What becomes of the broken Harmy?
Only way out of crisis is for England's troubled strike bowler to work out what he really wants
Sunday 26 November 2006
What now for Stephen Harmison? Back to Ashington, his land of milk and honey, for the quiet life he craves, or attempt to rediscover the great gift which took him out of there in the first place into a wider world of which he is deeply suspicious? For Harmison, it might not take long to answer that one.
In Brisbane he has been offered more advice than an agony aunt dispenses in an entire career. All of it is well-intentioned, none of it has quite reached the nub of the issue, which is whether Harmison, at 28, can ever again be the bowler that, briefly, he was.
Much has been laid at the door of the first ball delivered in this Ashes series, and it is perfectly true that it had a virulent effect on the team, quickly spreading its evil spawn and becoming unstoppable. But the wild wide had been a long time in coming. Not that wide, not as wide as the Wide Sargasso Sea, but more probable than possible.
Harmison, the great hope of this series for the Poms, had to be removed after two measly overs, but he did not suddenly become a bad bowler at the Gabba on Thursday morning. Bad? He was unremittingly dreadful, making a nonsense of the theory that one of the reasons for the appointment of Andrew Flintoff as captain was because he would bring the best out of his friend.
For more than a year, Harmison had been heading towards this nadir. His action, form and psyche have been steadily disintegrating since the end of 2004.
That had been his golden year. He was irresistible then. One magical Sunday morning in Kingston, Jamaica, launched him to the stars. Everything they had been saying about Harmison's promise was revealed then. He was fast and furious, and if some of the West Indies batsmen were frightened it did not make them cowards.
Between that match and the end of the English summer, Harmison found himself. He was as certain then as an uncertain man can be. In 11 matches he took 63 wickets, one every 43 balls. He was a phenomenon.
But the action, always slightly unorthodox, was also brittle. It matched his mind. That winter in South Africa it was difficult to tell what happened first. Either he bowled indifferently because he was missing home or he missed home because he was bowling indifferently.
Back home for the Ashes, he seized the moment. His over in the opening Test at Lord's was as destructive to Australia as the first over at Brisbane was destructive to Harmison. The other bowlers continued to feed off him in that series.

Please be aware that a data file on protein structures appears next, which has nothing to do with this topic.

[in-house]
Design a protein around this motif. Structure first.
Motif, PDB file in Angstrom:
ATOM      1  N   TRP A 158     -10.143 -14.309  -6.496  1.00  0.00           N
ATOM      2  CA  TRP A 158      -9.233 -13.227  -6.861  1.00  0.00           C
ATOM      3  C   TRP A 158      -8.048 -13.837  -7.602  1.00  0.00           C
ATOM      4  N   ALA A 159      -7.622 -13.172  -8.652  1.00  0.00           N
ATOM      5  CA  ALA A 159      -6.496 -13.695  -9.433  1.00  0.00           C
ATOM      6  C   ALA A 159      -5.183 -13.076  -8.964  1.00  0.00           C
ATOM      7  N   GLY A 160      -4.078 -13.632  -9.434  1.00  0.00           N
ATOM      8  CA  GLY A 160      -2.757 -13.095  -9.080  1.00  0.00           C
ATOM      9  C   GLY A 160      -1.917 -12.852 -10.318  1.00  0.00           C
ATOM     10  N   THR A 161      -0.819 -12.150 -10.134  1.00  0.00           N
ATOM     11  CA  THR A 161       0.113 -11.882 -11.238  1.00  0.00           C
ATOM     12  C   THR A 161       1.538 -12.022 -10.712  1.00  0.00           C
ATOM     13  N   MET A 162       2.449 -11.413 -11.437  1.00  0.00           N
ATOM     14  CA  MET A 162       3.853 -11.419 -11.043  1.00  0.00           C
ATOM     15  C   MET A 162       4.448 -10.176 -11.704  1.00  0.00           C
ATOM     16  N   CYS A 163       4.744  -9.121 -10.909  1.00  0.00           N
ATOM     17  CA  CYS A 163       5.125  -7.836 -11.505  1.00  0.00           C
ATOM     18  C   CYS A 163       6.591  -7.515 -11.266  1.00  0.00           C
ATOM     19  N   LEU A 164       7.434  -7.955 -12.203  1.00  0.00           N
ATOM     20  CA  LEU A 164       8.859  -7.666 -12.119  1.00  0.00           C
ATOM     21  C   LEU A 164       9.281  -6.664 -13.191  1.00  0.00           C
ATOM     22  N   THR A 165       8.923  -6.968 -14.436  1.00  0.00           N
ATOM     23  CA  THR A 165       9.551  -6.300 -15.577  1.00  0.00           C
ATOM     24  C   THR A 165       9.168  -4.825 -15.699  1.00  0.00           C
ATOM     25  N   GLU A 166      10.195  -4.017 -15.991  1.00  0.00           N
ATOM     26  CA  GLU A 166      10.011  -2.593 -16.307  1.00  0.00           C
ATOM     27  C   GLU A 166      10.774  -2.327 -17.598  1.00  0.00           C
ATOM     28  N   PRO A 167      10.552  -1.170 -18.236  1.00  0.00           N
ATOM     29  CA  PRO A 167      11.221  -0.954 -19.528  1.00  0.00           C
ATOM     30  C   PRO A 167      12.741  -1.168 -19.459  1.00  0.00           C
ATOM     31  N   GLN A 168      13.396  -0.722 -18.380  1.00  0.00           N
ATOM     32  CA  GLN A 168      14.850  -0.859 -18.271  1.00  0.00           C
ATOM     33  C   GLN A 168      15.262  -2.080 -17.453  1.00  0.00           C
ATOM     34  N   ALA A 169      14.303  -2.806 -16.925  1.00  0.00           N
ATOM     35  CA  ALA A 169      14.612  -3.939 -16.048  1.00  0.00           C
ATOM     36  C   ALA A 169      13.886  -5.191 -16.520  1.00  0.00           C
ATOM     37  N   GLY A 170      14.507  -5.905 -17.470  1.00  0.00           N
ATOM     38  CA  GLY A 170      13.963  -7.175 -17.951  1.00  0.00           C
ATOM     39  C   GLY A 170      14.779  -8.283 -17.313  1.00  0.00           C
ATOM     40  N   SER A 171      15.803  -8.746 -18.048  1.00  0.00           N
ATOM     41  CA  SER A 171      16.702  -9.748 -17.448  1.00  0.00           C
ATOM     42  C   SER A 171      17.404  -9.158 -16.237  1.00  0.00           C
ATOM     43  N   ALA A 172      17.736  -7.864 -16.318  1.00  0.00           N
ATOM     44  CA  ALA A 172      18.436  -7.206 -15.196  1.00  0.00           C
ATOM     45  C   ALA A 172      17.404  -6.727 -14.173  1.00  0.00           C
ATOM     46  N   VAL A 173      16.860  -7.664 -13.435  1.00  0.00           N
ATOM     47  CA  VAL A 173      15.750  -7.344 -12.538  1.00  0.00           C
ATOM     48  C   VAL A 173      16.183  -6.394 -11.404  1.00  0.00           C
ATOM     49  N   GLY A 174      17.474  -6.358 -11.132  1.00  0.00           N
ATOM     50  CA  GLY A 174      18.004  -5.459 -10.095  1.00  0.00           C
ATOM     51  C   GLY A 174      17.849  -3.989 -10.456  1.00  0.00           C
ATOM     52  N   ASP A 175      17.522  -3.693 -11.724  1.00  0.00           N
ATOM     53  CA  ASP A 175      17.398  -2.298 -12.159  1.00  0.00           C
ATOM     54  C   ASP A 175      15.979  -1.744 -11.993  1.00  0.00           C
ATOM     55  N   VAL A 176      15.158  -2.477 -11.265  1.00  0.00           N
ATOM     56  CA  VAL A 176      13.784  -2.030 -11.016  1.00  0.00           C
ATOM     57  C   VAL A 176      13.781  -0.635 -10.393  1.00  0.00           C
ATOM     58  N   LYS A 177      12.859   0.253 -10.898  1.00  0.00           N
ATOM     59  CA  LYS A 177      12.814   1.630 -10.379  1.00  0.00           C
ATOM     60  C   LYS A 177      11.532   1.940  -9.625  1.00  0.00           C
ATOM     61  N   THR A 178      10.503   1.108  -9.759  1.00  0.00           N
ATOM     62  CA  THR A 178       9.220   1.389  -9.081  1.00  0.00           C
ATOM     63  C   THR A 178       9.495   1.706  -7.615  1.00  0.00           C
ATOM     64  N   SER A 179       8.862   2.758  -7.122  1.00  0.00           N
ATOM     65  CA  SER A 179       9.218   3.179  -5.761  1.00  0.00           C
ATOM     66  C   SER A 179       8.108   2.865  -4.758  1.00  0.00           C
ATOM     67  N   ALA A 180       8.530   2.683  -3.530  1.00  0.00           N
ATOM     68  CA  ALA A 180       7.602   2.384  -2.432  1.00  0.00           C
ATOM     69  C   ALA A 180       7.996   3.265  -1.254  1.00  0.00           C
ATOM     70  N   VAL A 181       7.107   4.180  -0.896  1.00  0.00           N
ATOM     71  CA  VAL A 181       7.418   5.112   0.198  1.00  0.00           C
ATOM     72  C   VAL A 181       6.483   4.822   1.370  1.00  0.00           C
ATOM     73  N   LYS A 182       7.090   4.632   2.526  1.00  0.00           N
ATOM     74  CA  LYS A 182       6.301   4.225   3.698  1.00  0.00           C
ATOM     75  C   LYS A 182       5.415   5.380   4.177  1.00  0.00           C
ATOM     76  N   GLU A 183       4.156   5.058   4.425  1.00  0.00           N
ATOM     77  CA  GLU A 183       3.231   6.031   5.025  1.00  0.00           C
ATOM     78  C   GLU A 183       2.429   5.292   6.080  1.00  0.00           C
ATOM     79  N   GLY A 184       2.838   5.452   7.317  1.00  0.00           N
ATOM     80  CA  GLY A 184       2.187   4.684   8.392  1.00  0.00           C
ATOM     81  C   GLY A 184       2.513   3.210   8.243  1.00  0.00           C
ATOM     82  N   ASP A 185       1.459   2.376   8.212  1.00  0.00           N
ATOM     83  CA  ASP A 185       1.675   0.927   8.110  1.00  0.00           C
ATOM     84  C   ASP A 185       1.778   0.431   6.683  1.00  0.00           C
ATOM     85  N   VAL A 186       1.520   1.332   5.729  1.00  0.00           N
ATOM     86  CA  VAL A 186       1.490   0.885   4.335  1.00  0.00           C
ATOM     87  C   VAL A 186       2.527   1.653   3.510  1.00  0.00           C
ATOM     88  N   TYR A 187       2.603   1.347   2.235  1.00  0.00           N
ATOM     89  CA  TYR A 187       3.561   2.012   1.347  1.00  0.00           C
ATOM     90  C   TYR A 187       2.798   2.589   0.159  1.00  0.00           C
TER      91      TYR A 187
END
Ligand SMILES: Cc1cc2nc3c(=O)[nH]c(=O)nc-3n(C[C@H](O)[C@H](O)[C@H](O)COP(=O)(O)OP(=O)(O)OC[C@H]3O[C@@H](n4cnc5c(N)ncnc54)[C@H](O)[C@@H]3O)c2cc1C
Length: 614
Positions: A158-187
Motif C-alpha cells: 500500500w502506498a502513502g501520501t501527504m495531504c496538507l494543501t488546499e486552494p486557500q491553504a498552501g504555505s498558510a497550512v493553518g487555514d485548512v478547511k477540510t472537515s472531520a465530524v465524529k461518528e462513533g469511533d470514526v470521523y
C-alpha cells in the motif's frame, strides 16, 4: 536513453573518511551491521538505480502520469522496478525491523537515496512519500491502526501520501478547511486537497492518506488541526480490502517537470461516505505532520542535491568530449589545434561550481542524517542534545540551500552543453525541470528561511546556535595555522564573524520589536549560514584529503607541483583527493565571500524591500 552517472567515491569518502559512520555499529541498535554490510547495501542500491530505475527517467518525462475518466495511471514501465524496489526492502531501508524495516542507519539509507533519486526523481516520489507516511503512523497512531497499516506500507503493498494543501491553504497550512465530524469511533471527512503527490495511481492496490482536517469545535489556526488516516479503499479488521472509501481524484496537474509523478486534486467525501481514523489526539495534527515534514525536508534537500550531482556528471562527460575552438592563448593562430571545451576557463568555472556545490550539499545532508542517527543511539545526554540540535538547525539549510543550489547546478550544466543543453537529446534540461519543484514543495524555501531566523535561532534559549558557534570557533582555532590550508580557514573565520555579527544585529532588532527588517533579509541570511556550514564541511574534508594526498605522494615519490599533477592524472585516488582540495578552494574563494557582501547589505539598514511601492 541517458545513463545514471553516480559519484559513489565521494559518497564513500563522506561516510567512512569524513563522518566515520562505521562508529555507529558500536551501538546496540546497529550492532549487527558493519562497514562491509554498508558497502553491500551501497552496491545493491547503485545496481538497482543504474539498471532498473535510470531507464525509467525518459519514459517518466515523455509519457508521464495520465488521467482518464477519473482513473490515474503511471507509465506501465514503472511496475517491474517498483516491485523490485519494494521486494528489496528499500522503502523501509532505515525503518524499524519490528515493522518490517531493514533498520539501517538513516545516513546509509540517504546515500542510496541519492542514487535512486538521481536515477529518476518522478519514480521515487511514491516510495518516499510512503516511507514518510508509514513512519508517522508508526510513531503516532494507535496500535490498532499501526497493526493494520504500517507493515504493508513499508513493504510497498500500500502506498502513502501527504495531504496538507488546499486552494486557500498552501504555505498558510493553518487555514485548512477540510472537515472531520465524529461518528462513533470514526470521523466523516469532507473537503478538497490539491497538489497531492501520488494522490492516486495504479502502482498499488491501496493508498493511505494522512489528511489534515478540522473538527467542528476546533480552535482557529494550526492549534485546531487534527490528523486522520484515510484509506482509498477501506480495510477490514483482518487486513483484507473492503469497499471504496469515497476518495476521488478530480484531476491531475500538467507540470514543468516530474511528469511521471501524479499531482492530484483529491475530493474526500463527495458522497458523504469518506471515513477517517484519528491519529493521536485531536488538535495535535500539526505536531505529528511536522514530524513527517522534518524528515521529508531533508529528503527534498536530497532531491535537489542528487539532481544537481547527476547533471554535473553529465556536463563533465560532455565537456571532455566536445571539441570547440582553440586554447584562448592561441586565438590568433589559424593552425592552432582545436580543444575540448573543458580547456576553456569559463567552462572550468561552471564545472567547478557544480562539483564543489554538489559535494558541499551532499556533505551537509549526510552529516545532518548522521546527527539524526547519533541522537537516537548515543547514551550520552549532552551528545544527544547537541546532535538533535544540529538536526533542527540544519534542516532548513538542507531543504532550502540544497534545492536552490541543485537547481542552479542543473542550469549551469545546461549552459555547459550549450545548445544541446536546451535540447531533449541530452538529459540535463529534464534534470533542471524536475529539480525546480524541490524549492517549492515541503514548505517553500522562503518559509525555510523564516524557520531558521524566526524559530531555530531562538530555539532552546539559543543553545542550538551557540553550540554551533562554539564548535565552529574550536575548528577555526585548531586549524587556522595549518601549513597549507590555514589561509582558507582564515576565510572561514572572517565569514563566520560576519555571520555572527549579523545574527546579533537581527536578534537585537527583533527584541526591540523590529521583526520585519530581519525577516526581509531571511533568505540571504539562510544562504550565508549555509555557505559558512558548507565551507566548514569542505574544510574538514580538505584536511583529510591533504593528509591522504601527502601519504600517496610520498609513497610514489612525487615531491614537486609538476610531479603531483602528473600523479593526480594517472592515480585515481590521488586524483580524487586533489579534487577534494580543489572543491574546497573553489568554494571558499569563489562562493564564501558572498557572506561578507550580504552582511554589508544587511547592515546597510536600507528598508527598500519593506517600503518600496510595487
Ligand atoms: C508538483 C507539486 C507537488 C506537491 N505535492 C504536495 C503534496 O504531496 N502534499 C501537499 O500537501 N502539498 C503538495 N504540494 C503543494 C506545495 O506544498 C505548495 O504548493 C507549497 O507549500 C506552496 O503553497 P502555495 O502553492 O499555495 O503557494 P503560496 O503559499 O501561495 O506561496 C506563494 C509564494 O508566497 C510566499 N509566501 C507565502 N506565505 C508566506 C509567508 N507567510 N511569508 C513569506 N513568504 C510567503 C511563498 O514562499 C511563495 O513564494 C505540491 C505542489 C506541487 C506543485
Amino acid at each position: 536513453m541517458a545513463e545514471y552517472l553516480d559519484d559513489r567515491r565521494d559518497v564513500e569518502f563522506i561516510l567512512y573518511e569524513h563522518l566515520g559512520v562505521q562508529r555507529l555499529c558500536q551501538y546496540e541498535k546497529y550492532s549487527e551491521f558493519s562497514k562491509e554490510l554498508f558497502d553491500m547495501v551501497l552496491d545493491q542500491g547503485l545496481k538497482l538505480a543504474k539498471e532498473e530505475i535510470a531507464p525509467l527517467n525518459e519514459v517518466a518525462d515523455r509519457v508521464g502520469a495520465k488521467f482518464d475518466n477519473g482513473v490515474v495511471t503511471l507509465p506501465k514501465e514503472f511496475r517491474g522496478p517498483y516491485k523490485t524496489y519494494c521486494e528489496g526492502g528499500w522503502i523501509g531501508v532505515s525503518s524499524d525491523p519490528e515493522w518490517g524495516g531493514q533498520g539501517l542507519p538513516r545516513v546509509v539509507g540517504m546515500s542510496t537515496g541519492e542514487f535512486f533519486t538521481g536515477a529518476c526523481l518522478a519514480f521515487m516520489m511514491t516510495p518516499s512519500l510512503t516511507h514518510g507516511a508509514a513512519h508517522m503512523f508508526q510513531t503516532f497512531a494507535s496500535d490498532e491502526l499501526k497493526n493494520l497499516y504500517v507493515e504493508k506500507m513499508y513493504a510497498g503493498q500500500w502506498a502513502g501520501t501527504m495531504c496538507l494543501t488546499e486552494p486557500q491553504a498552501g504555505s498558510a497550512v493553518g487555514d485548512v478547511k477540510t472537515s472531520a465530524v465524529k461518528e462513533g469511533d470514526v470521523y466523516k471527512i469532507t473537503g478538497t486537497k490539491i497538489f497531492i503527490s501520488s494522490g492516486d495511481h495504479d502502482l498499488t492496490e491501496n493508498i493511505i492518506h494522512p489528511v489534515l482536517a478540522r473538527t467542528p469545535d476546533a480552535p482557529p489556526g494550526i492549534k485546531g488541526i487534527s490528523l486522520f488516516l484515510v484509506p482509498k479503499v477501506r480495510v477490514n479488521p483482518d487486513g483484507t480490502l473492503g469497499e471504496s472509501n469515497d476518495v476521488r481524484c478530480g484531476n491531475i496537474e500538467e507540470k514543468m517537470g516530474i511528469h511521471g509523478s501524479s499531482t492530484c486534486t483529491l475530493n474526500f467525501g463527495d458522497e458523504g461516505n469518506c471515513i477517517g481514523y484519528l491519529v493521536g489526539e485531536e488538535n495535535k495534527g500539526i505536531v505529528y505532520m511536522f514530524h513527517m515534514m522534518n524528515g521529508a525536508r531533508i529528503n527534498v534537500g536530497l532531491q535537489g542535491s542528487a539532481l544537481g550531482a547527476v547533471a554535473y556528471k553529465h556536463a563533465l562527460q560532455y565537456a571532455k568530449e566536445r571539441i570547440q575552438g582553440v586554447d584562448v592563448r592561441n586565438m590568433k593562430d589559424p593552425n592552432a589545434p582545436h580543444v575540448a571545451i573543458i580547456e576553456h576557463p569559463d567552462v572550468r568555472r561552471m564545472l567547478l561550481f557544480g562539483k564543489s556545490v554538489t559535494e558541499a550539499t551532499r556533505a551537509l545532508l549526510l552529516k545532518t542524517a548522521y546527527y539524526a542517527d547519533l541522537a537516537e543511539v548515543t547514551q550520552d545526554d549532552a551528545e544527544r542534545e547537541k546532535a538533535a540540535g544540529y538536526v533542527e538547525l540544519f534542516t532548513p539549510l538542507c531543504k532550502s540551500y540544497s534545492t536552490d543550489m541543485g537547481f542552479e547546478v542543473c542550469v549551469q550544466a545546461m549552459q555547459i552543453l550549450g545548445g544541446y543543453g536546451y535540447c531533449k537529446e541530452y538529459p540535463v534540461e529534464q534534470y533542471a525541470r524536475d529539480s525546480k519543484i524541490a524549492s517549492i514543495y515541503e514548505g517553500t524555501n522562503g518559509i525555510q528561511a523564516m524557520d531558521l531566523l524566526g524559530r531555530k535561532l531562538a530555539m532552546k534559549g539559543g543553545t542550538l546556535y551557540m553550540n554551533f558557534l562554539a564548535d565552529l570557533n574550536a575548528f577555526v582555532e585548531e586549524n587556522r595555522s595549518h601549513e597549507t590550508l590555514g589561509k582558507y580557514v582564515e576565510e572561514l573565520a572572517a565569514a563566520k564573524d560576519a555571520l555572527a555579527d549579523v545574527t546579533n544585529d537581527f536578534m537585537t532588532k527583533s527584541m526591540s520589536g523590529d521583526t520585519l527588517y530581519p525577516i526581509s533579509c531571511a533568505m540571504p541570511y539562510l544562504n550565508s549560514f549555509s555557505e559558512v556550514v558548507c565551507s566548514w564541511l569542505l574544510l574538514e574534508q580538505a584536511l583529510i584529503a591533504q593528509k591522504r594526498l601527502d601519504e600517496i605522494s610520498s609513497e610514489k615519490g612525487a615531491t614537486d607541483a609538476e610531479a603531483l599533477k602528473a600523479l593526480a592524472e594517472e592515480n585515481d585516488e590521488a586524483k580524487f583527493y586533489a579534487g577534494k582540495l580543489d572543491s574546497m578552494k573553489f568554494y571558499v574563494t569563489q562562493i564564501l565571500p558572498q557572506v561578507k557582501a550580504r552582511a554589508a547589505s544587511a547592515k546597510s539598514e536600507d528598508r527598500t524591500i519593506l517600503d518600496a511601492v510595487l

Yet since then, Harmison has hardly bowled. He has not often looked as though he wanted to bowl. One big match against Paki-stan, but that was all. Undoubtedly he is missing the influence of the departed bowling coach Troy Cooley, whatever anyone says, but even then the action and the temperament were being held together by pieces of string.
It may well be that Harmison got out of his bed on Thursday morning and knew that he did not feel like it, that it was not his day. That happens to clerks. But his feelings must have been amplified because he recognised, deep down, that he was not truly prepared, that he had nothing to fall back on. Nor did Glenn McGrath, it has been mentioned, except years and years and years. But they are different men.
Harmison's preparation was interrupted, culminating in his withdrawal (because of a side strain) from the last warm-up match against South Australia. It is known that his colleagues were displeased and that the coach, Duncan Fletcher, was as mad as hell.
In the nets, Harmison redoubled his efforts. For a week, he bowled like the wind. If he wanted nothing else, he wanted the Ashes. But at the top of his run for the first ball at the Gabba a multitude of thoughts came crowding in. He looked nervous, he looked as though he wanted anybody else to bowl that damned ball but him. He fell apart. An entire nation's hopes collapsed in a single moment.
His action has been all over the place, an indictment sadly of the bowling coaches who have been advising him. Neither lead flapping arm nor bowling arm behind right ear have been in the right place.
He was denied the second new ball in the first innings and, more humiliatingly, at the start of Australia's second innings. At least when he came on he looked like an authentic bowler again, but Australia were 500 ahead.
Michael Holding, who knows a thing or two about fast bowling, has suggested the action needs immediate rebuilding and that he should miss the Second Test in Adelaide and be sent to Perth, where the Third is played, for remedial work.
But it goes deeper than that. Harmison has to decide if it is worth the candle. Or if Ashington is calling him.
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